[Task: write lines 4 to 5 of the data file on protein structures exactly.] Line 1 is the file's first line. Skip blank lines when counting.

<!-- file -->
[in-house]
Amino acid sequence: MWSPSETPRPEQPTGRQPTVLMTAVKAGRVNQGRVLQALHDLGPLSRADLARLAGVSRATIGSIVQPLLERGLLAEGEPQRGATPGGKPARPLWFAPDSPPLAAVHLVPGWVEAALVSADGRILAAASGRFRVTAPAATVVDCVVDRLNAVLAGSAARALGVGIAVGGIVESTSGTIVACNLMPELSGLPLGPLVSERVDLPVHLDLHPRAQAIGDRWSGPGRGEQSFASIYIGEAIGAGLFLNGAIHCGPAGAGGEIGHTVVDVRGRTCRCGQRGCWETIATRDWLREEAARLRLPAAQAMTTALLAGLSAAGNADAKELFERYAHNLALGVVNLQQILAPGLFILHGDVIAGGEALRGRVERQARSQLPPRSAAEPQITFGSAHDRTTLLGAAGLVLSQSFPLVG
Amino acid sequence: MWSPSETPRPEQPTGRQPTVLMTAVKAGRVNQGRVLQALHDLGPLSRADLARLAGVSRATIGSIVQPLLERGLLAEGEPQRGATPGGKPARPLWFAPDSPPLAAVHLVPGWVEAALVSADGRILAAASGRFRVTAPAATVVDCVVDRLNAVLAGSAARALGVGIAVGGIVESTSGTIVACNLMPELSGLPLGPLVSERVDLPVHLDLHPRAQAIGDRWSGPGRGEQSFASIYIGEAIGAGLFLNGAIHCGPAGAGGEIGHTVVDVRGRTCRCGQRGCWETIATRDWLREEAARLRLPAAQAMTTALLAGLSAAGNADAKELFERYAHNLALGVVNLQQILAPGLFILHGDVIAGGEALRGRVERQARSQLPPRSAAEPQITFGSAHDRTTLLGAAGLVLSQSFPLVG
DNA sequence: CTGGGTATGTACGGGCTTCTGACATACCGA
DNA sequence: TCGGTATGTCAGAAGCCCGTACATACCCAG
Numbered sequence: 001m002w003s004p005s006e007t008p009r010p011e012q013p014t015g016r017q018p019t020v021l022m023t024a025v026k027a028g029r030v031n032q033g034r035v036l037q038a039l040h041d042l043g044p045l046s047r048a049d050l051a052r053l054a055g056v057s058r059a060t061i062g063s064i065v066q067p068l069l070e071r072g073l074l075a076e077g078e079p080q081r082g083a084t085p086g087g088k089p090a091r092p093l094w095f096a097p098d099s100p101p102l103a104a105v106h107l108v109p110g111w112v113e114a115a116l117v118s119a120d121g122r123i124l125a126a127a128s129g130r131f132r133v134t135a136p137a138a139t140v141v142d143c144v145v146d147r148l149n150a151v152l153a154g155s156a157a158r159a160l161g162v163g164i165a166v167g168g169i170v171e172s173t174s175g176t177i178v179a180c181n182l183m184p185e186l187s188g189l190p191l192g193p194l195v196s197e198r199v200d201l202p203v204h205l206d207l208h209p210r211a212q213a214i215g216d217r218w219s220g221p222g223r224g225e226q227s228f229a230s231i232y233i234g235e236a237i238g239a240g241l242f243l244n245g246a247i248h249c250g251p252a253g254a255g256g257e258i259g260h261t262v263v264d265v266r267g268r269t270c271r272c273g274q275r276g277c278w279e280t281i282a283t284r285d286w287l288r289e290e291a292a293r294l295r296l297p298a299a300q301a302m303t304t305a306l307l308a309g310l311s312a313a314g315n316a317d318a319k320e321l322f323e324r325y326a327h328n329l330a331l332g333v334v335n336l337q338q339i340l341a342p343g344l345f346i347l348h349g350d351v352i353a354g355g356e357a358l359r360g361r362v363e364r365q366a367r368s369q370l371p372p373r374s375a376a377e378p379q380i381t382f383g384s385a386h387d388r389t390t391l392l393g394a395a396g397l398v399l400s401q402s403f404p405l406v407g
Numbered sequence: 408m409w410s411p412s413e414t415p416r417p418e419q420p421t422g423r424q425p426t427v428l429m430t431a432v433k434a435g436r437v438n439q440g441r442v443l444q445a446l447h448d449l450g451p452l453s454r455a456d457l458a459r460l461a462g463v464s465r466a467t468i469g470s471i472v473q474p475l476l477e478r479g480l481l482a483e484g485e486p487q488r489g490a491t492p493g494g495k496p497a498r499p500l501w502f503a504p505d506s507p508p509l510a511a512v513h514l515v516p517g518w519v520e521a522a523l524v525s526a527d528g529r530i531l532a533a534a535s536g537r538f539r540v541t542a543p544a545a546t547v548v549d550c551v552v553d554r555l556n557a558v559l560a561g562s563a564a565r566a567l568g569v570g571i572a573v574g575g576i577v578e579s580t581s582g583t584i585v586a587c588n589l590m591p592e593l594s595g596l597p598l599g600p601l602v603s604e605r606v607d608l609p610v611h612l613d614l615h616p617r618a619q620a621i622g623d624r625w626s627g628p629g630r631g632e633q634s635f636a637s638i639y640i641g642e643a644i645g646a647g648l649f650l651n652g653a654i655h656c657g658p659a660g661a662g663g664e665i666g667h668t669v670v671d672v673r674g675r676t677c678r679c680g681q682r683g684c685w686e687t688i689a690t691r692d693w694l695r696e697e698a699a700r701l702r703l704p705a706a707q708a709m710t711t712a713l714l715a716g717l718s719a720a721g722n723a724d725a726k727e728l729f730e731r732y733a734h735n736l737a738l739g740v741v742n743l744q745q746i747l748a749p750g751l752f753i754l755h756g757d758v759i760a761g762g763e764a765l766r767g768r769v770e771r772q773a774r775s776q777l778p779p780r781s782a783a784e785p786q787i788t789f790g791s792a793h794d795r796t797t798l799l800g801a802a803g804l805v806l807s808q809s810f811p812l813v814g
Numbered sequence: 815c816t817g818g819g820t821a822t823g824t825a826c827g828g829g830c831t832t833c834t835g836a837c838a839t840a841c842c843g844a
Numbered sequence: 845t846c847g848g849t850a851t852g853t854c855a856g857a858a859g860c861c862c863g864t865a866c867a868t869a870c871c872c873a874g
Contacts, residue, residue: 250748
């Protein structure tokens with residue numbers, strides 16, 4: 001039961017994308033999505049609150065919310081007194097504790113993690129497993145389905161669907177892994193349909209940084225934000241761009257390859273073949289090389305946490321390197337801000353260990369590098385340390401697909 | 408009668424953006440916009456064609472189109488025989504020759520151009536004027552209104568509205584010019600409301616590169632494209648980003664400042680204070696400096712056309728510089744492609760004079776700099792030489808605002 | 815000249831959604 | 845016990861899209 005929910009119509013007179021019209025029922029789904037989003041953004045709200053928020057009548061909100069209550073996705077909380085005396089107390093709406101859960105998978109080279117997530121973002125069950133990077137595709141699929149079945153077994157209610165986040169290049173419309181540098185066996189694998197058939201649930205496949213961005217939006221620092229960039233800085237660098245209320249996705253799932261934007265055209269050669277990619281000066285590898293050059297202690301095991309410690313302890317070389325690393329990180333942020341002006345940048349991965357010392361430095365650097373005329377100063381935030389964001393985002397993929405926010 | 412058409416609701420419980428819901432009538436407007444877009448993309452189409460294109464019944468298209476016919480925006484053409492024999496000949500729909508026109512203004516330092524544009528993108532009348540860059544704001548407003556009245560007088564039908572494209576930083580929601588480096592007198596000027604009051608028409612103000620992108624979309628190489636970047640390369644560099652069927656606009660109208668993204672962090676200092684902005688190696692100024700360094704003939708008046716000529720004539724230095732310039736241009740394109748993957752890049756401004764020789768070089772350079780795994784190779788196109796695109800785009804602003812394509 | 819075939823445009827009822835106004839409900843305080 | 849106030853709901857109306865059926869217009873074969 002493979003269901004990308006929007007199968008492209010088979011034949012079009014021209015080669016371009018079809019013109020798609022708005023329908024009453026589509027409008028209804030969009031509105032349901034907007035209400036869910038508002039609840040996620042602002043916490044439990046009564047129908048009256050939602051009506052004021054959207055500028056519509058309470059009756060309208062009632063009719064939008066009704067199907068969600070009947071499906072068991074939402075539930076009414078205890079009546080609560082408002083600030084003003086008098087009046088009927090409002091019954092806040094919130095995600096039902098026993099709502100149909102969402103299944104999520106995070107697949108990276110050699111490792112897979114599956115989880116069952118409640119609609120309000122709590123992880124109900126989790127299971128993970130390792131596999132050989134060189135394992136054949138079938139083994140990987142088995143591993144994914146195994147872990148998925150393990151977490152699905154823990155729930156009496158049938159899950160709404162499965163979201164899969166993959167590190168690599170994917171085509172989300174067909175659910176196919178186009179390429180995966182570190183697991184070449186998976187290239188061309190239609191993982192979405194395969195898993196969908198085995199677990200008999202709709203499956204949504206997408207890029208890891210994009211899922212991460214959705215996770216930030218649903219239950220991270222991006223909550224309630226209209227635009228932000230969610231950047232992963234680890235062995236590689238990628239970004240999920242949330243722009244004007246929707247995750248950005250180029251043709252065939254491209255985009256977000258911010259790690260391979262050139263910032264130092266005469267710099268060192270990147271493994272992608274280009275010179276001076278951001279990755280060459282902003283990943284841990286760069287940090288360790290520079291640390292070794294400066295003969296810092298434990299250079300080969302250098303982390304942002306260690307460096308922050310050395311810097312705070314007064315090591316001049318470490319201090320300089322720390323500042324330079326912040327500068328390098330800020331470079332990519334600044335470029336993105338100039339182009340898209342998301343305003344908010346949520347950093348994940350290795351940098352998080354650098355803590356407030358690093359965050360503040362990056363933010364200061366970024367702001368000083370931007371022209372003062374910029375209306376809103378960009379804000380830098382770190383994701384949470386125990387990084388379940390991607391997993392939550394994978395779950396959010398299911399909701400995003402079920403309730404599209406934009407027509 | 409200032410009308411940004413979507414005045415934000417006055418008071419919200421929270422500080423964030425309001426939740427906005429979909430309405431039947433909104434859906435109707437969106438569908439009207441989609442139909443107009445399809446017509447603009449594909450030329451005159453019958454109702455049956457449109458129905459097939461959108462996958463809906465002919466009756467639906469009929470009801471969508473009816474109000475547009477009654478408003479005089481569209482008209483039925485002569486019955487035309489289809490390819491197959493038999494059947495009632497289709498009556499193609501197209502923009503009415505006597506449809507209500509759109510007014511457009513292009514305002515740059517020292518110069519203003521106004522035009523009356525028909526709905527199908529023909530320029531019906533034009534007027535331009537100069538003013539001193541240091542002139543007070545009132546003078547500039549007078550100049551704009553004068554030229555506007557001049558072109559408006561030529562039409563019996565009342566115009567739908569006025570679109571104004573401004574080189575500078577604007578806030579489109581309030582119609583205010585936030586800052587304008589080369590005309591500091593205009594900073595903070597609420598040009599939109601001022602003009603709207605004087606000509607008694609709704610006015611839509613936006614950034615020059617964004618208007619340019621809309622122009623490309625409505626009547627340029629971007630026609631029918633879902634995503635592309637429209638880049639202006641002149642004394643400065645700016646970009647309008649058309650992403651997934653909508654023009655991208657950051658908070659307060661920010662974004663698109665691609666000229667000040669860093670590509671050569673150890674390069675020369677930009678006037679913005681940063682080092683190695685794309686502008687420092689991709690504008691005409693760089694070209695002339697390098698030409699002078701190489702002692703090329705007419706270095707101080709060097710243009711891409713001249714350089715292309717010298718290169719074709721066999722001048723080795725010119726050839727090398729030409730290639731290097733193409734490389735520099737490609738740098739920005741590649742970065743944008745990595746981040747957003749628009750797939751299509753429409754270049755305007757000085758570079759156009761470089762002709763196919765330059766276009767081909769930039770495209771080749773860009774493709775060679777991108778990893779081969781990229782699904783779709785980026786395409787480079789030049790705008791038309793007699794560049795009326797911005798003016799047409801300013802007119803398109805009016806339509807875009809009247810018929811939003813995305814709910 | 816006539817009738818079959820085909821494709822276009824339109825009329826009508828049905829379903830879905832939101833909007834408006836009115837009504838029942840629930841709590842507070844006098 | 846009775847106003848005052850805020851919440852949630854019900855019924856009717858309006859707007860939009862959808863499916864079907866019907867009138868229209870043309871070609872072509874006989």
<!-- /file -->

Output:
DNA sequence: CTGGGTATGTACGGGCTTCTGACATACCGA
DNA sequence: TCGGTATGTCAGAAGCCCGTACATACCCAG